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Jill is 5 years older than 3 times as old as Ian. In ten years, Jill will be 4 times as old as Ian. How old are they both now?

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Posted · Report post

15 and 50

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Posted · Report post

Jill is 5 years older than 3 times as old as Ian. In ten years, Jill will be 4 times as old as Ian. How old are they both now?

Shouldn't it be as Ian is now? Or else it would be impossible.

But 15 and 50

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Posted · Report post

Shouldn't it be as Ian is now? Or else it would be impossible.

But 15 and 50

I agree with you, zee.

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Posted · Report post

this one is killing me- in high school we would have ones like this- ugh- we had powerful calculators as well....

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Posted · Report post

Jill would be -70, and Ian -25 years old. In 10 years, Jill will be -60 and Ian -15.

If Ian's age is constant, Ian is 15, so Jill would be 50 and then 60.

Jill is 5 years older than 3 times as old as Ian. In ten years, Jill will be 4 times as old as Ian. How old are they both now?
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Posted · Report post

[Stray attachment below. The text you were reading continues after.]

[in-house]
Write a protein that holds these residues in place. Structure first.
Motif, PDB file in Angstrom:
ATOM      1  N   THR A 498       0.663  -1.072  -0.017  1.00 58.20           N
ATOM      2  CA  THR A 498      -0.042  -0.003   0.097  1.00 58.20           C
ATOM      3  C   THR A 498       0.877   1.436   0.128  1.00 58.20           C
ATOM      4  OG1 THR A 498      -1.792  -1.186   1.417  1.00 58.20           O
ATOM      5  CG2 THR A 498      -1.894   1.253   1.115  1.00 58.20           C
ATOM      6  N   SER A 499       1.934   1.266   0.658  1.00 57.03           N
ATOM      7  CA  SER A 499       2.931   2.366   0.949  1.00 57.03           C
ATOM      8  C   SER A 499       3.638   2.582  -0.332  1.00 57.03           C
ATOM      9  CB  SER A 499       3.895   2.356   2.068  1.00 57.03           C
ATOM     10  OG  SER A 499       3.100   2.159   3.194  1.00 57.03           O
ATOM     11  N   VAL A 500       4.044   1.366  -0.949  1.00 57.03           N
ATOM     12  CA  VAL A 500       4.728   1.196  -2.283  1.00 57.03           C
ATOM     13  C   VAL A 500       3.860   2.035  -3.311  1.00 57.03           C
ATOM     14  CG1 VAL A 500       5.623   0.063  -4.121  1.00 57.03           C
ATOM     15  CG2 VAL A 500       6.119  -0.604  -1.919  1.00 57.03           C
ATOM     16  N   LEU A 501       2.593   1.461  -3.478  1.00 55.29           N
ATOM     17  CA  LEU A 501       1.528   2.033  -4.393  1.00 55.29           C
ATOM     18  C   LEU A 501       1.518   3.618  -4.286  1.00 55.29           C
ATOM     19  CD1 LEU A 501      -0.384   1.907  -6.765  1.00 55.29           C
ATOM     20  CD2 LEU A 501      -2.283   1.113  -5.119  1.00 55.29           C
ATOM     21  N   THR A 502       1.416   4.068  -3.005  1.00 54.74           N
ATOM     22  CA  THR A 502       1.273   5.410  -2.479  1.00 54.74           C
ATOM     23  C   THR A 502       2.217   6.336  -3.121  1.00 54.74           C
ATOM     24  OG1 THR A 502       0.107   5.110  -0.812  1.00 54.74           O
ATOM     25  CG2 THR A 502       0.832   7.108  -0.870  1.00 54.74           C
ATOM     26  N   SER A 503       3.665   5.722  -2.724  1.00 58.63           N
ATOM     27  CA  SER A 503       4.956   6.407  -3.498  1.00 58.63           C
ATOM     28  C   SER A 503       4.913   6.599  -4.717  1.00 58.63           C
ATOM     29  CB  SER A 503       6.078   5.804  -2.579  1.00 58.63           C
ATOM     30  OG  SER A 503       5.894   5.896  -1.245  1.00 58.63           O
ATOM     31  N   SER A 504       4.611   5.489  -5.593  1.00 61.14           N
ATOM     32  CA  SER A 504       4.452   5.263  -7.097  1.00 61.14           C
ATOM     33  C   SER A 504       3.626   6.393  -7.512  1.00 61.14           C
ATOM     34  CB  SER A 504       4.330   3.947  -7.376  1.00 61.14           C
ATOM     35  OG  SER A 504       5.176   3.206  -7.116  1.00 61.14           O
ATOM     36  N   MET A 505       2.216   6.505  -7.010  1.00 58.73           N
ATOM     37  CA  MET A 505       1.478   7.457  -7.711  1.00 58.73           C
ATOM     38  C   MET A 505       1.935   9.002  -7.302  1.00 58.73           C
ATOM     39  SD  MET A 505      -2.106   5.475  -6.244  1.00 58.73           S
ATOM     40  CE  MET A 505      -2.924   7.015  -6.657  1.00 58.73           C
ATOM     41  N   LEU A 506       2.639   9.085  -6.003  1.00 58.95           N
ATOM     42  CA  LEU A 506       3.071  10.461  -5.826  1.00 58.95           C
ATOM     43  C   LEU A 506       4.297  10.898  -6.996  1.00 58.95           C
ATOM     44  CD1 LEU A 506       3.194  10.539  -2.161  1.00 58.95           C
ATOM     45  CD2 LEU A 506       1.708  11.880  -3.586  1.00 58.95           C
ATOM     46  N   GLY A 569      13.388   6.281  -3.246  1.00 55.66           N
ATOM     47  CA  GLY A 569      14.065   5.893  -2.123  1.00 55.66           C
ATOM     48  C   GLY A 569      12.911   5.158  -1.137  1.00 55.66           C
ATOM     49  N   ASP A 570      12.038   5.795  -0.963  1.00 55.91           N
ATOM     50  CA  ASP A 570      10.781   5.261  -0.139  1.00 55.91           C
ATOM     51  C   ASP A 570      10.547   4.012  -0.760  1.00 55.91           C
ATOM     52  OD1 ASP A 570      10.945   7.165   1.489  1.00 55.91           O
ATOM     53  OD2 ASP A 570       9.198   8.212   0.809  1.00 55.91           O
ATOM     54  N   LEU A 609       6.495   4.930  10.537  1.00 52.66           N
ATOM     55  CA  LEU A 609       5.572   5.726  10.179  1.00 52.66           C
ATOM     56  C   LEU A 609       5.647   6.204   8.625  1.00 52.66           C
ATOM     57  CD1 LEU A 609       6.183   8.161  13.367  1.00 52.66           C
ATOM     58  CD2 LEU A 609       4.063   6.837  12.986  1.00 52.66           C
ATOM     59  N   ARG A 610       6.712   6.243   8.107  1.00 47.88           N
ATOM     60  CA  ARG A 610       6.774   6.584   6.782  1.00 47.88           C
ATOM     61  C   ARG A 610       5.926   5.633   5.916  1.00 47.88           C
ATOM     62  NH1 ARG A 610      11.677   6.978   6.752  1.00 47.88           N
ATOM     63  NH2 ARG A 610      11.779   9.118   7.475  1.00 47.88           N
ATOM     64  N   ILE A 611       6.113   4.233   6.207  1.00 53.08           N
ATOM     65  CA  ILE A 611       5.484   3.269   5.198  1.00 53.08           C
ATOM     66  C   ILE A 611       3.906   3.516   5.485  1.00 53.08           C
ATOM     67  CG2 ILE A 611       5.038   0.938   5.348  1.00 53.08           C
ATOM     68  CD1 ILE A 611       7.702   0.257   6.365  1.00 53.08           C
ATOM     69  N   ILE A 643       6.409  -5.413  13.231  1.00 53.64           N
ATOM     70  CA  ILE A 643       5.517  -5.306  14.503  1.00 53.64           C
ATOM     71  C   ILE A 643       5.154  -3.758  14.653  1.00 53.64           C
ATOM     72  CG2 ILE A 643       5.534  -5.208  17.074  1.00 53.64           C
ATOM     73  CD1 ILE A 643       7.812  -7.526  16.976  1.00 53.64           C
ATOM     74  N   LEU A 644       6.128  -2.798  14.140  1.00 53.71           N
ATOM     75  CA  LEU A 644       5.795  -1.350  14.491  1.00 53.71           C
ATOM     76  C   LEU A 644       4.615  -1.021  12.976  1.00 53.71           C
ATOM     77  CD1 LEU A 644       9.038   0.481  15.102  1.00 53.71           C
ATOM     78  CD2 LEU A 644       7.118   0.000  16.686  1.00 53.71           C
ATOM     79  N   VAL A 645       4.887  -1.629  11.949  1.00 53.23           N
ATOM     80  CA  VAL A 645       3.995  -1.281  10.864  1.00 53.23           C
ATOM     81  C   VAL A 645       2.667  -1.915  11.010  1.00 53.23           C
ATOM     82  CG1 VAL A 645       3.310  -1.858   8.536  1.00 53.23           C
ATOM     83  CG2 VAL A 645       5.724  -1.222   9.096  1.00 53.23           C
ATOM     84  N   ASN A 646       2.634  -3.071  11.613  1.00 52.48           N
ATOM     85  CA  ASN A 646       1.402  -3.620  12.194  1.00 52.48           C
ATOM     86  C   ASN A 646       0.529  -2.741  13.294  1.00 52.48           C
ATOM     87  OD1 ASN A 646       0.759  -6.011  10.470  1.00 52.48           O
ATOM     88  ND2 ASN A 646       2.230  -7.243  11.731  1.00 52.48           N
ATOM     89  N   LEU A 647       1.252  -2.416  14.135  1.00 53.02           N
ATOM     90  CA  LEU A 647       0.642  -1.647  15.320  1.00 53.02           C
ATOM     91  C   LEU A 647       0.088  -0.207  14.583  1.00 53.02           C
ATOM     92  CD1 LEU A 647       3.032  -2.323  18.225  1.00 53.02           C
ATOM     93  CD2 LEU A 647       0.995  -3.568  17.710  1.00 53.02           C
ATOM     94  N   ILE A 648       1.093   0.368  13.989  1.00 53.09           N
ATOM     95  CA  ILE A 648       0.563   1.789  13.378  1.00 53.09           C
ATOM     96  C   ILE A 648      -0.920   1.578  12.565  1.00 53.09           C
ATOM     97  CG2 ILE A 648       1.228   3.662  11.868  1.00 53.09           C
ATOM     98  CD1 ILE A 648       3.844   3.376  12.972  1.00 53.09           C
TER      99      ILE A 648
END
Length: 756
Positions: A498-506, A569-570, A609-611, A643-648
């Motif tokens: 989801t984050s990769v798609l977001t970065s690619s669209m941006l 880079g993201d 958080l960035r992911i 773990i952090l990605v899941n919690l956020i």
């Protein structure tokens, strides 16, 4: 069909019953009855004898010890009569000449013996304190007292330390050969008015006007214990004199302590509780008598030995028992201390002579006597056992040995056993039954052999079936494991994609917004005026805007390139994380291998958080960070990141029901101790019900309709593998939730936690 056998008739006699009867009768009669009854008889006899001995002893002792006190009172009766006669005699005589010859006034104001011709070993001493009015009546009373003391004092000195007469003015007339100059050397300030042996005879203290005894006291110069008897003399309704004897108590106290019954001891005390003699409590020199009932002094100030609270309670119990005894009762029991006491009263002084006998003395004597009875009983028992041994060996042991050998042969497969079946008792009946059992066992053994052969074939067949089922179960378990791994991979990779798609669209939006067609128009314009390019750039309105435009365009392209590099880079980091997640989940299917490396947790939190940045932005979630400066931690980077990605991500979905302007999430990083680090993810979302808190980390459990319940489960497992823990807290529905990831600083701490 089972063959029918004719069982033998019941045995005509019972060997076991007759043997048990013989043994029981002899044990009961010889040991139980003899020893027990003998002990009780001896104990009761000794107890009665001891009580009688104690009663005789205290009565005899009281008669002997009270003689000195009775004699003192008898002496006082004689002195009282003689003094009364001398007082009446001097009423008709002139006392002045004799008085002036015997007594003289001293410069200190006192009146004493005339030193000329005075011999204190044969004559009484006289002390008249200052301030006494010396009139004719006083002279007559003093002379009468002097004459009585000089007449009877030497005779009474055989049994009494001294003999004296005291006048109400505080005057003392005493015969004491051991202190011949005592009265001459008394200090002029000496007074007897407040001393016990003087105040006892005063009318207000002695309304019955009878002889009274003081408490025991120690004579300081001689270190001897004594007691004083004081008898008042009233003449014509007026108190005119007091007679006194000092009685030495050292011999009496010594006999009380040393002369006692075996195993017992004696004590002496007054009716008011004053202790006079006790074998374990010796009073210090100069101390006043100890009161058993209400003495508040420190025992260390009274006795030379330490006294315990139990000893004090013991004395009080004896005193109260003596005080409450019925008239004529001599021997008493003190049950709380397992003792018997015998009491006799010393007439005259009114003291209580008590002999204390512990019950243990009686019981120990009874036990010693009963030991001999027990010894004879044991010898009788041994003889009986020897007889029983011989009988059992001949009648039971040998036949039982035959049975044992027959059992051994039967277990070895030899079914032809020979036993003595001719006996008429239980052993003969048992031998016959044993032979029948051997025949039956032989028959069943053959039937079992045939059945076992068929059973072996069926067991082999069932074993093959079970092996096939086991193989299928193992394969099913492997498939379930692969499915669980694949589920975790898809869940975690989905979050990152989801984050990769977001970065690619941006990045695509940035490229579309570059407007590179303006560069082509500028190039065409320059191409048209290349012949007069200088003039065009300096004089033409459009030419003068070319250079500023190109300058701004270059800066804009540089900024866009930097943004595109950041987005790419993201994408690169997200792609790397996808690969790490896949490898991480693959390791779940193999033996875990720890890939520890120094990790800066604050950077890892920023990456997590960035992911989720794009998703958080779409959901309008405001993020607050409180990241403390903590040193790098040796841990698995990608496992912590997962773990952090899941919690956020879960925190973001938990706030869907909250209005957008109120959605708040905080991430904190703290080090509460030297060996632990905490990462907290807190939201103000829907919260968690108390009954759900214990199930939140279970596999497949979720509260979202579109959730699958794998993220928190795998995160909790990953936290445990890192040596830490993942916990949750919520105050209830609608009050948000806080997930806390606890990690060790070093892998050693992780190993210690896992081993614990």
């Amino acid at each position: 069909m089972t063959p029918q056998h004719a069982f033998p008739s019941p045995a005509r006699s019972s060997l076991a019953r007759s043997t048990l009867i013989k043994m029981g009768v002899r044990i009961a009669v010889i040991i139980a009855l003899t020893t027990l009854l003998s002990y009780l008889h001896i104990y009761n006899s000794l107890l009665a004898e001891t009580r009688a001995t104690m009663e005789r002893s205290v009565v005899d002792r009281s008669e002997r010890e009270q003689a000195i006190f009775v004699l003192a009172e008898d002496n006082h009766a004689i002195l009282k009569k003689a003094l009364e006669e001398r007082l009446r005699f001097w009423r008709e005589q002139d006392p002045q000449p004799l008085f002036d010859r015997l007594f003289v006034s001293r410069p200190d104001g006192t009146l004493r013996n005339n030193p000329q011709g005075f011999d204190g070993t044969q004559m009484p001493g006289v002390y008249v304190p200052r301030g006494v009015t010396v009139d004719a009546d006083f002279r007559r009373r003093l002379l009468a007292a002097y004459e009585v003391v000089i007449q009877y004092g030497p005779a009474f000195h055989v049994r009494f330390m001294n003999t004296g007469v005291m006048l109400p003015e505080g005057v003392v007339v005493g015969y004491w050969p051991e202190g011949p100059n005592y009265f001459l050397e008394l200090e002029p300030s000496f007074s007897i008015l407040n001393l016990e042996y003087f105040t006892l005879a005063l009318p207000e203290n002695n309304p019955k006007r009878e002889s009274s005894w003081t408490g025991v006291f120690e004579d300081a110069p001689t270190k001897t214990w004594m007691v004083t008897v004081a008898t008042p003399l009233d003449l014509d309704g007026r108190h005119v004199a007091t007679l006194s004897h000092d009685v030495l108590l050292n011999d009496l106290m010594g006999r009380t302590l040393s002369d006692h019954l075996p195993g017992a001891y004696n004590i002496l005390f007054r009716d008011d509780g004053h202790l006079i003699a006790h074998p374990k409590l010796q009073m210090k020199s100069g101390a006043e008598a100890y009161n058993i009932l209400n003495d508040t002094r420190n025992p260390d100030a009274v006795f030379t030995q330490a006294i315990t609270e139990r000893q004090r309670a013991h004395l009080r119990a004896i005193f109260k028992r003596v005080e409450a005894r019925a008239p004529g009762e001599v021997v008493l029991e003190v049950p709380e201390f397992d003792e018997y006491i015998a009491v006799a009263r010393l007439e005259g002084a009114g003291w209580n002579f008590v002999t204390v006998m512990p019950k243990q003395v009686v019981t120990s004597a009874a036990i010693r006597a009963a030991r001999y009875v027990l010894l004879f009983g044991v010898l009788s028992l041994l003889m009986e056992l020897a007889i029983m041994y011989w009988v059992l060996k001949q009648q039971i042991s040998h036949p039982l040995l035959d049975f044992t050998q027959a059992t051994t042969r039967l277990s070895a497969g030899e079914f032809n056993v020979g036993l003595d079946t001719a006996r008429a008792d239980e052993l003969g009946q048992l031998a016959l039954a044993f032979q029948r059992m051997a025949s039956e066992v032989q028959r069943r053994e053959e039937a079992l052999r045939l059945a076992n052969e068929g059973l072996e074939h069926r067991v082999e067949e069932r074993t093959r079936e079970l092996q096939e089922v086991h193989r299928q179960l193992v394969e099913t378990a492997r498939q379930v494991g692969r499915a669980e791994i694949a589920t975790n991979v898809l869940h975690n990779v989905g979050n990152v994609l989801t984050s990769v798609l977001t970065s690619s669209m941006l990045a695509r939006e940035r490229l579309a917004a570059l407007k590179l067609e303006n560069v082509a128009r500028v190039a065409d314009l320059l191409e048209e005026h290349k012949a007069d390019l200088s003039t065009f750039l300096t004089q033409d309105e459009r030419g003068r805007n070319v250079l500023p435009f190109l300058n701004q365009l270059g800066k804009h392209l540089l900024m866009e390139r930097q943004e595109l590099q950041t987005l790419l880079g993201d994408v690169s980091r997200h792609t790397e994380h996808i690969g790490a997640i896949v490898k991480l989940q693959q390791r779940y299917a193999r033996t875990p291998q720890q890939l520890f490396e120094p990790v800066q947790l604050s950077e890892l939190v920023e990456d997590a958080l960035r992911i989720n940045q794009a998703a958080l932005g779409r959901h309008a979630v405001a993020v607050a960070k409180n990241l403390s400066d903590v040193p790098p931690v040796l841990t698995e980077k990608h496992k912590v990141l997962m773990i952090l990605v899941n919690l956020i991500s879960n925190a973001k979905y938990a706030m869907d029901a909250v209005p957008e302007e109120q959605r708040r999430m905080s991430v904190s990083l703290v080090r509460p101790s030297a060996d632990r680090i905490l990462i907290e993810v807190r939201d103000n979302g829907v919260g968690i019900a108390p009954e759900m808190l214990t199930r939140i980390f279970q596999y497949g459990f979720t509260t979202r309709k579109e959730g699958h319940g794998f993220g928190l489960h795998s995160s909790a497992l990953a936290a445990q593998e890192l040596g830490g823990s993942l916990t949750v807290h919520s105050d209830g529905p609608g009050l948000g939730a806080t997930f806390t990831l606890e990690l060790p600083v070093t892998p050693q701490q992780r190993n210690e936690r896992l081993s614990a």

According to your logic....Ian's age=-25yrs

JIll's age=-70yrs.

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Posted (edited) · Report post

Ummmmmm. . . I got

Ian=5

Jill=20

I guess I could have messed up, but here's my math:

J=Jill E=Ian (so it won't look like ones)

J=3E+5

J+10=4E+10 (+10 Because of "in ten years") Then substitute

3E+5+10=4E+10 Then combine like terms

3E+15=4E+10

-10 -10

3E+5=4E

-3E -3E

5=Ian's Age Then substitute again

J=3(5)+5

J=15+5

J=20

Edited by Sharpie357
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Posted · Report post

the problem with you math comes when you look at the statement - in ten years Jill will be four times Ian's age

If Ian = 5 and Jill = 20 then in ten years

Jill = 30 and that is not 4 times Ian's 15

The second equation should have been

Jill + 10 = 4 (Ian + 10) and then you have to distribute and then

Ian = -25 and Jill = -70 which is 5 more than three times Ian's age

and in 10 years

Ian = -15 and Jill = -60 which is four times Ian's age

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Posted · Report post

Oh. . . . oops. . . . . . . . :o

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